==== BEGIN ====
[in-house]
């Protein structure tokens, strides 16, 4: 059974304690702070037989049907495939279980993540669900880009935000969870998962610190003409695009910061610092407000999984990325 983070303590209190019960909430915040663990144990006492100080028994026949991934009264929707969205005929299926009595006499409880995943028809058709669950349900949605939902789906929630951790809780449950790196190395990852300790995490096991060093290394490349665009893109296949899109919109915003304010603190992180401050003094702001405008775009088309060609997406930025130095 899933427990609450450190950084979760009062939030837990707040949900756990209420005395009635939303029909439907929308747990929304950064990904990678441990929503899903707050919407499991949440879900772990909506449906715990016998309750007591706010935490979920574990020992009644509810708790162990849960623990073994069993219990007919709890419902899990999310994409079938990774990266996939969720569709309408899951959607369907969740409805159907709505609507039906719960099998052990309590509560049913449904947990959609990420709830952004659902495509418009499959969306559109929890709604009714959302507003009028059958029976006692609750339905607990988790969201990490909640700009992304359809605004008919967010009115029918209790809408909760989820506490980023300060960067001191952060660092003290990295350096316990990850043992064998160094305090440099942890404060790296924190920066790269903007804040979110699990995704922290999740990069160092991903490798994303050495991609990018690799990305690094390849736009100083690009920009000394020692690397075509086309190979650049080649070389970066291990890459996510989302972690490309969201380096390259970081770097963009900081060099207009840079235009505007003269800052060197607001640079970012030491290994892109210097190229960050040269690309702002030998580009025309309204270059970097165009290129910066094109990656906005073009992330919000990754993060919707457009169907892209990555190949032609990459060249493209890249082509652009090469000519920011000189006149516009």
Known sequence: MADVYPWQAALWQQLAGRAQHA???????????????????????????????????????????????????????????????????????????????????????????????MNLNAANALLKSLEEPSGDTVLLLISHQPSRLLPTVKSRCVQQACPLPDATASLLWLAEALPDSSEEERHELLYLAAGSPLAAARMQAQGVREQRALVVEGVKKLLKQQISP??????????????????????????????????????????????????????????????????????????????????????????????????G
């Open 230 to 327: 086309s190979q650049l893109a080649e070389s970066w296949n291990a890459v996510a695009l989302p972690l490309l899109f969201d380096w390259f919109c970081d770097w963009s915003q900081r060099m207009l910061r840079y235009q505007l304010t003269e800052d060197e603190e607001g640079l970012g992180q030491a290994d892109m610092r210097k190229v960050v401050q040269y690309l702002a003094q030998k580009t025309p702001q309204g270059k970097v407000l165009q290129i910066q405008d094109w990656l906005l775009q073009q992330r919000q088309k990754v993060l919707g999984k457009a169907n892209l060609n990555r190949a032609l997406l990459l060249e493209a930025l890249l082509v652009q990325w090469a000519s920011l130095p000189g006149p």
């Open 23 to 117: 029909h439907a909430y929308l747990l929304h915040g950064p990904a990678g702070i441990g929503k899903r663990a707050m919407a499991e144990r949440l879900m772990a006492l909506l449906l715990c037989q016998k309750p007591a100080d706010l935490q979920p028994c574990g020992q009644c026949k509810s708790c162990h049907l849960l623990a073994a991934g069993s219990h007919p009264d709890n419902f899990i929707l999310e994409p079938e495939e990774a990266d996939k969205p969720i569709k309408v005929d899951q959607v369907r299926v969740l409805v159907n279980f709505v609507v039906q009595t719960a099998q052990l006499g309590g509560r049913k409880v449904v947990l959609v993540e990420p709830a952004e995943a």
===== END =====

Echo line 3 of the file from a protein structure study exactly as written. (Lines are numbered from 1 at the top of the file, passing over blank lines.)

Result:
Known sequence: MADVYPWQAALWQQLAGRAQHA???????????????????????????????????????????????????????????????????????????????????????????????MNLNAANALLKSLEEPSGDTVLLLISHQPSRLLPTVKSRCVQQACPLPDATASLLWLAEALPDSSEEERHELLYLAAGSPLAAARMQAQGVREQRALVVEGVKKLLKQQISP??????????????????????????????????????????????????????????????????????????????????????????????????G